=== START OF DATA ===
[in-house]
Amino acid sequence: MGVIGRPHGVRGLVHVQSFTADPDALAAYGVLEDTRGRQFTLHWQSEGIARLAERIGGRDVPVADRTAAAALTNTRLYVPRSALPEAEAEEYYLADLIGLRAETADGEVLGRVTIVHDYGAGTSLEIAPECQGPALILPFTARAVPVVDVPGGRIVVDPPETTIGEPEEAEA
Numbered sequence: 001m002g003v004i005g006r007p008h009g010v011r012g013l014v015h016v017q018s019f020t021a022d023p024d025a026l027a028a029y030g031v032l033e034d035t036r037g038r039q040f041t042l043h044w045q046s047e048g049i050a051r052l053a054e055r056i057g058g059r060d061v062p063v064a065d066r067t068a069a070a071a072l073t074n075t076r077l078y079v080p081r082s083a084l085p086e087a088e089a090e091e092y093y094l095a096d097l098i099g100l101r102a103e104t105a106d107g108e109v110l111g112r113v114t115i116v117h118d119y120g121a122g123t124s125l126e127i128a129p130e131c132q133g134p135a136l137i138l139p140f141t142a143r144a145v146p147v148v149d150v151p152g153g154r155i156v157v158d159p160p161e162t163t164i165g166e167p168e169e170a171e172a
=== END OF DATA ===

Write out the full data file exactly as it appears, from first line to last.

[in-house]
Amino acid sequence: MGVIGRPHGVRGLVHVQSFTADPDALAAYGVLEDTRGRQFTLHWQSEGIARLAERIGGRDVPVADRTAAAALTNTRLYVPRSALPEAEAEEYYLADLIGLRAETADGEVLGRVTIVHDYGAGTSLEIAPECQGPALILPFTARAVPVVDVPGGRIVVDPPETTIGEPEEAEA
Numbered sequence: 001m002g003v004i005g006r007p008h009g010v011r012g013l014v015h016v017q018s019f020t021a022d023p024d025a026l027a028a029y030g031v032l033e034d035t036r037g038r039q040f041t042l043h044w045q046s047e048g049i050a051r052l053a054e055r056i057g058g059r060d061v062p063v064a065d066r067t068a069a070a071a072l073t074n075t076r077l078y079v080p081r082s083a084l085p086e087a088e089a090e091e092y093y094l095a096d097l098i099g100l101r102a103e104t105a106d107g108e109v110l111g112r113v114t115i116v117h118d119y120g121a122g123t124s125l126e127i128a129p130e131c132q133g134p135a136l137i138l139p140f141t142a143r144a145v146p147v148v149d150v151p152g153g154r155i156v157v158d159p160p161e162t163t164i165g166e167p168e169e170a171e172a